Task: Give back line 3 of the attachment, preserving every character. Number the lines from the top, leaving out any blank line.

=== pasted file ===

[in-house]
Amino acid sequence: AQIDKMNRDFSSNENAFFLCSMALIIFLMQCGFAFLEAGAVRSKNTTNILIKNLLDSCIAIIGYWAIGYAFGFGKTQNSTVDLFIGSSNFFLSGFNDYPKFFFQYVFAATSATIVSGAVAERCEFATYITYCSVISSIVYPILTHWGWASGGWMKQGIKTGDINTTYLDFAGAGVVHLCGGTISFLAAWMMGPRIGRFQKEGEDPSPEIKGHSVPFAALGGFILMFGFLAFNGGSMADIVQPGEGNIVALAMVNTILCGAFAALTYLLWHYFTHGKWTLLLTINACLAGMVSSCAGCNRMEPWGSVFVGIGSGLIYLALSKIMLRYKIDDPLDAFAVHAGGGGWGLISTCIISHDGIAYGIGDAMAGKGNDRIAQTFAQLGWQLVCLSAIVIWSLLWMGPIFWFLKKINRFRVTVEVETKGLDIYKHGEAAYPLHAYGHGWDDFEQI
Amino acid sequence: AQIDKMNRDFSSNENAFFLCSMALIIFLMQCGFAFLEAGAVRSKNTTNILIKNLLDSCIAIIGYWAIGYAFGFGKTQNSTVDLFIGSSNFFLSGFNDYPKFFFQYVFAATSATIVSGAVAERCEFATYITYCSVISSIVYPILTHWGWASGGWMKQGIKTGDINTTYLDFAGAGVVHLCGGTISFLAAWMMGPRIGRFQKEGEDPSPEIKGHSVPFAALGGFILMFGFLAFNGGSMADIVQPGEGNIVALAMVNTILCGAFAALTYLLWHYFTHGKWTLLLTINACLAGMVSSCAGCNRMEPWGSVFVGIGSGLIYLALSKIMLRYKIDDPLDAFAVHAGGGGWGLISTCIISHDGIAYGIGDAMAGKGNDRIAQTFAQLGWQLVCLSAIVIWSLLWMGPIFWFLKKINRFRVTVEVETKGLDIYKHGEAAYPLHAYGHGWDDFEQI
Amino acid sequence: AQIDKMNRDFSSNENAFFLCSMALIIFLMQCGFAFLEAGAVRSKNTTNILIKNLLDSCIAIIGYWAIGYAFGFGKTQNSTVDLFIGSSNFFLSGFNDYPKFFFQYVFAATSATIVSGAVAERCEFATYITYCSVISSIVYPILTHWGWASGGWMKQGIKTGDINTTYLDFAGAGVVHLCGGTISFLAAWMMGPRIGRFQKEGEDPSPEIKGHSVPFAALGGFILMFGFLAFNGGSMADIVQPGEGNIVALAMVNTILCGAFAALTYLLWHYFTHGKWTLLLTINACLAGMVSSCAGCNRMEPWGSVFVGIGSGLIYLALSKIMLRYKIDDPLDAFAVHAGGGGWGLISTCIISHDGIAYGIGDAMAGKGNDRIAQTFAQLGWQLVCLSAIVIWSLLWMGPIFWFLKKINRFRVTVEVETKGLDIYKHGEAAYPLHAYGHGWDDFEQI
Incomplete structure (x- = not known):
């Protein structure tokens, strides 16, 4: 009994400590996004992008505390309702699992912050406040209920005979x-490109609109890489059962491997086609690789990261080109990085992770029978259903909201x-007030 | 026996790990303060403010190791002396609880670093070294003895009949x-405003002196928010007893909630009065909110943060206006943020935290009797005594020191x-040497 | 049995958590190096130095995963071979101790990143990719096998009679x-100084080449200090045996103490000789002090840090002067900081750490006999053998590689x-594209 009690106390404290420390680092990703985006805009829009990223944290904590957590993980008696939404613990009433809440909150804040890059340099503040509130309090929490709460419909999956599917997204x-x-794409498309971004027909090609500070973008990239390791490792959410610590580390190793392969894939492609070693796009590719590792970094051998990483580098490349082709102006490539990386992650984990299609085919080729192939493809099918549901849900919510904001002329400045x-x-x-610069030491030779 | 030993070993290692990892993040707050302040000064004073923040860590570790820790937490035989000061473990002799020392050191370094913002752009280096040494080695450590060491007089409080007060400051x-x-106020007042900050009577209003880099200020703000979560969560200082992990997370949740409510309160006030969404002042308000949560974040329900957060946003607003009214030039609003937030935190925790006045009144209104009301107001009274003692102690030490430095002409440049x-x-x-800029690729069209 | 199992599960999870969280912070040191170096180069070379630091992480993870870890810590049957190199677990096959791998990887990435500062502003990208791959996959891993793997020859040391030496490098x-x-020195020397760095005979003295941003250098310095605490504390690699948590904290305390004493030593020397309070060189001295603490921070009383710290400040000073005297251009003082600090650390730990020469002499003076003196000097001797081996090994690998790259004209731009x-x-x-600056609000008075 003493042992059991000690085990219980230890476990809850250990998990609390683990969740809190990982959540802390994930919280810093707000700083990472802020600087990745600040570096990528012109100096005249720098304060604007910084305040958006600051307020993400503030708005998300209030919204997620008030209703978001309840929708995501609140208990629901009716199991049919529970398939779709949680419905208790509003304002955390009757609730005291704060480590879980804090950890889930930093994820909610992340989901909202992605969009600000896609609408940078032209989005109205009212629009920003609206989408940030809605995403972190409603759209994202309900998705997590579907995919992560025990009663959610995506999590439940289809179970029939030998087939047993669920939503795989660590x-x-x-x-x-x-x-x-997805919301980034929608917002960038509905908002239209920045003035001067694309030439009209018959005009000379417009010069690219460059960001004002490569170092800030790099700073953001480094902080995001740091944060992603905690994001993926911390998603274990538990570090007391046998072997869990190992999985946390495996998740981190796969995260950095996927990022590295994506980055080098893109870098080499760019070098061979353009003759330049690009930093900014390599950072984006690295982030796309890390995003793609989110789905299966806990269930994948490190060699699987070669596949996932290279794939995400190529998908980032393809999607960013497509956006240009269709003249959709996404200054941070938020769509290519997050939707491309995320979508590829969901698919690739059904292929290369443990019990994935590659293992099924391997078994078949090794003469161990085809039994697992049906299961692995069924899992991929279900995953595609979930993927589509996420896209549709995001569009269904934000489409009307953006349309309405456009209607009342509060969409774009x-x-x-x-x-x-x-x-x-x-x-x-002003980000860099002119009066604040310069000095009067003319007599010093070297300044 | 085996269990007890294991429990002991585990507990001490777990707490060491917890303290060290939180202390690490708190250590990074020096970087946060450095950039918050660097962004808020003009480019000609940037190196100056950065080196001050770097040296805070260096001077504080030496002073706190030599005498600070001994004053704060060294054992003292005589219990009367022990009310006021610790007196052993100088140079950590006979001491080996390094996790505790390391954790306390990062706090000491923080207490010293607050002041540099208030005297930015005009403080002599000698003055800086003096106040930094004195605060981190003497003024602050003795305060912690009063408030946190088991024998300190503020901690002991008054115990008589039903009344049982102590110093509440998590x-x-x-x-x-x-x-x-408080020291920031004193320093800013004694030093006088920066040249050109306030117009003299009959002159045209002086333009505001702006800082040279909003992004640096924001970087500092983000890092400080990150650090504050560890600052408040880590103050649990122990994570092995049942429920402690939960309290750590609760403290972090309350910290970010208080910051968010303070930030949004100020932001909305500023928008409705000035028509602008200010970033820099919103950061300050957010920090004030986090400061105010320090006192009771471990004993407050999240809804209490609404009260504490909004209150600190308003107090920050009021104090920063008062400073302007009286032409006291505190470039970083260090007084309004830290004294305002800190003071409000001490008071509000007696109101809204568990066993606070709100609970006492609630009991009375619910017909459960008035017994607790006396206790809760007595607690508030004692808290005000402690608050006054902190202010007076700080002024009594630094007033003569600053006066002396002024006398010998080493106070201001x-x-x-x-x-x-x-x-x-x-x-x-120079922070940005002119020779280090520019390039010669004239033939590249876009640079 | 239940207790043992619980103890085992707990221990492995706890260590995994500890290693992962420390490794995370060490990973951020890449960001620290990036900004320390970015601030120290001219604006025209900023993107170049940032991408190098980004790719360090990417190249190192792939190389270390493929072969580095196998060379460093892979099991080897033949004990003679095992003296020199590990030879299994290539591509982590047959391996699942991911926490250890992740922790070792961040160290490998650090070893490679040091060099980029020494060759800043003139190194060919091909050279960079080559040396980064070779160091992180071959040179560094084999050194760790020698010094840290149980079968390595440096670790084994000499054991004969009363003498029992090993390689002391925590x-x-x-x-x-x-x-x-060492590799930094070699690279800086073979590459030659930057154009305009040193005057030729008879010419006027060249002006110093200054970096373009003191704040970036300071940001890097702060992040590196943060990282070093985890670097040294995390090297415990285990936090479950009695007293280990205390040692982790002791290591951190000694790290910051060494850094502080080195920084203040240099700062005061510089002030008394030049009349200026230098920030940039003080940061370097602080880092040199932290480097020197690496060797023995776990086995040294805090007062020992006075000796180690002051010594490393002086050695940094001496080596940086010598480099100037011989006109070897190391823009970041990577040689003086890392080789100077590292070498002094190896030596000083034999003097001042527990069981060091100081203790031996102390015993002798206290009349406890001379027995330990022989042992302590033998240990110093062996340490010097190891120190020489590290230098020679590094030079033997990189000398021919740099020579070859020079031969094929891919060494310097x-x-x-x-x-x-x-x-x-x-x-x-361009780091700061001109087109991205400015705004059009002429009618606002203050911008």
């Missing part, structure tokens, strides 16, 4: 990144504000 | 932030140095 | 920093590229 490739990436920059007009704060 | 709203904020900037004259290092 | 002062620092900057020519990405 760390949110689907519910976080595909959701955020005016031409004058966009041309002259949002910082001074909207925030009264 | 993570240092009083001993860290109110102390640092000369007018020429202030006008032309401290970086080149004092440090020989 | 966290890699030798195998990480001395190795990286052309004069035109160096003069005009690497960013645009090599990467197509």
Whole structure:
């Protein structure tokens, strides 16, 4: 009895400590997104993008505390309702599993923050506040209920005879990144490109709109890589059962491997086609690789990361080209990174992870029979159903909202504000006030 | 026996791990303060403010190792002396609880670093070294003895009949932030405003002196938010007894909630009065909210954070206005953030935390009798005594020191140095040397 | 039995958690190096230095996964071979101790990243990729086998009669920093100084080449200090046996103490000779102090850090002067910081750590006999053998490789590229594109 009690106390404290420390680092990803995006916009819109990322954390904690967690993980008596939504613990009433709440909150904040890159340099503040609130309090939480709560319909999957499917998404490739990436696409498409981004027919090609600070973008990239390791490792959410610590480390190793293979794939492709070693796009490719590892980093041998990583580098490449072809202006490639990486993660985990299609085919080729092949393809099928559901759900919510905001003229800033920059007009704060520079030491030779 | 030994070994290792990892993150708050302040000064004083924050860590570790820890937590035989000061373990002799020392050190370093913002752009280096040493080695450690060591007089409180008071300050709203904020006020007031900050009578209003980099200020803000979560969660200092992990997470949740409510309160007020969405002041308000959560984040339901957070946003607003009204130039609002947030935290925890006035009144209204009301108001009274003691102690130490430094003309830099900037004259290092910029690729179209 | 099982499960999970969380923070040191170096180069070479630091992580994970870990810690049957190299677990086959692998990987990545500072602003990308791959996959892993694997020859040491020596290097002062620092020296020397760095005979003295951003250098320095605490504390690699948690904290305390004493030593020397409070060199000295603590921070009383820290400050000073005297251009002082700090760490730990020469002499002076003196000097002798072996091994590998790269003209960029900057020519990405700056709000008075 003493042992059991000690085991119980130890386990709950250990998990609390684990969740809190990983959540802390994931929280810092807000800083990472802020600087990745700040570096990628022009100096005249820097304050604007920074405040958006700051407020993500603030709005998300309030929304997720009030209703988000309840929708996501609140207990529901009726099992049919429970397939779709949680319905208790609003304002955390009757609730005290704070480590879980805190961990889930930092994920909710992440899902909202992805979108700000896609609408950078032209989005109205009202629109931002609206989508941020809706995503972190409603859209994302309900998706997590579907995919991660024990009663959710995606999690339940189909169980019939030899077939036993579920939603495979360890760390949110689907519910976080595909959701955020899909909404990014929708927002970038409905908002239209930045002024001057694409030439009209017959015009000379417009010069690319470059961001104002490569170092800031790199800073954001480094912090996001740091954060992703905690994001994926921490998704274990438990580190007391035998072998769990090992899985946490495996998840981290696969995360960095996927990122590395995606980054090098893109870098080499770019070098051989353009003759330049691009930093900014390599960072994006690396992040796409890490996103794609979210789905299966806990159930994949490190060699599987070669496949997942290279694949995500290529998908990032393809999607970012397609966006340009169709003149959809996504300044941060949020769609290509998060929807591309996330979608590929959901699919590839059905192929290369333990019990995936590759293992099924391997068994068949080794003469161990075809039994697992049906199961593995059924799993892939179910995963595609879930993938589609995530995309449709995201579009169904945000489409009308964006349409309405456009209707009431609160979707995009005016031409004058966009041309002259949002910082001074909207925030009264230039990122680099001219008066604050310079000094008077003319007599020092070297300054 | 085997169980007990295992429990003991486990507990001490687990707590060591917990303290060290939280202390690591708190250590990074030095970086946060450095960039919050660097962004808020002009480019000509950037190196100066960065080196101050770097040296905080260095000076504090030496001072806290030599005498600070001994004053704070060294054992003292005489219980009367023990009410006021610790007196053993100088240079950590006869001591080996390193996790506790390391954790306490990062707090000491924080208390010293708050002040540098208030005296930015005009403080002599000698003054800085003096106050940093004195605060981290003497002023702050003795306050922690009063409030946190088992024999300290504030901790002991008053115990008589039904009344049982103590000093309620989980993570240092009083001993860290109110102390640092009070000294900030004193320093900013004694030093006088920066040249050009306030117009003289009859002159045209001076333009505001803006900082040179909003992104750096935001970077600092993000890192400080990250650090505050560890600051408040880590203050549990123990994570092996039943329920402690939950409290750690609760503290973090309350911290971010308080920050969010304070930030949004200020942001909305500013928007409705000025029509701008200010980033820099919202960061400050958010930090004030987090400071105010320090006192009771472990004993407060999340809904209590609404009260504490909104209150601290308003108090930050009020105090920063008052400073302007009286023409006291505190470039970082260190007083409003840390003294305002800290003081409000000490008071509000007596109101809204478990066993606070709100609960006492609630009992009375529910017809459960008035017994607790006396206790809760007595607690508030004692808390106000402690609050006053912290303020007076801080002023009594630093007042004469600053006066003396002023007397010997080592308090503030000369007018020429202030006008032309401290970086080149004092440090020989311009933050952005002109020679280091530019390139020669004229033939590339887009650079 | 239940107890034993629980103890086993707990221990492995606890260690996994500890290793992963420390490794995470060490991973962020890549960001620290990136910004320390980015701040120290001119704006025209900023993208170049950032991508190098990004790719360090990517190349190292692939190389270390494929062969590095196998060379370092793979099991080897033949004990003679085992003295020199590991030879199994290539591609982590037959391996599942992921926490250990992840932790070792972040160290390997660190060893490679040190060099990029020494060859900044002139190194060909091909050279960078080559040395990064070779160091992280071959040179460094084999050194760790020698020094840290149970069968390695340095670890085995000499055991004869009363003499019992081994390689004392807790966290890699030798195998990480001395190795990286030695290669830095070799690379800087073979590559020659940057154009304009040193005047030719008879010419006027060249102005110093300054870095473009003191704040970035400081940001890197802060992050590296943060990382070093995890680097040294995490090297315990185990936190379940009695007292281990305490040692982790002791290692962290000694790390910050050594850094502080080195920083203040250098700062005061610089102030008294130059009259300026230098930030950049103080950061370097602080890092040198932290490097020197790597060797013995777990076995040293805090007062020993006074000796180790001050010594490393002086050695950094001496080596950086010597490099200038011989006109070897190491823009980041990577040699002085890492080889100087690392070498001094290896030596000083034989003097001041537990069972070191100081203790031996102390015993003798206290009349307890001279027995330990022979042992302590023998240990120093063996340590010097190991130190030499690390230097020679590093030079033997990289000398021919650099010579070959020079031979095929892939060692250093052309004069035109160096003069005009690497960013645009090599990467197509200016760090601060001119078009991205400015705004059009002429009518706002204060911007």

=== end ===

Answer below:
Amino acid sequence: AQIDKMNRDFSSNENAFFLCSMALIIFLMQCGFAFLEAGAVRSKNTTNILIKNLLDSCIAIIGYWAIGYAFGFGKTQNSTVDLFIGSSNFFLSGFNDYPKFFFQYVFAATSATIVSGAVAERCEFATYITYCSVISSIVYPILTHWGWASGGWMKQGIKTGDINTTYLDFAGAGVVHLCGGTISFLAAWMMGPRIGRFQKEGEDPSPEIKGHSVPFAALGGFILMFGFLAFNGGSMADIVQPGEGNIVALAMVNTILCGAFAALTYLLWHYFTHGKWTLLLTINACLAGMVSSCAGCNRMEPWGSVFVGIGSGLIYLALSKIMLRYKIDDPLDAFAVHAGGGGWGLISTCIISHDGIAYGIGDAMAGKGNDRIAQTFAQLGWQLVCLSAIVIWSLLWMGPIFWFLKKINRFRVTVEVETKGLDIYKHGEAAYPLHAYGHGWDDFEQI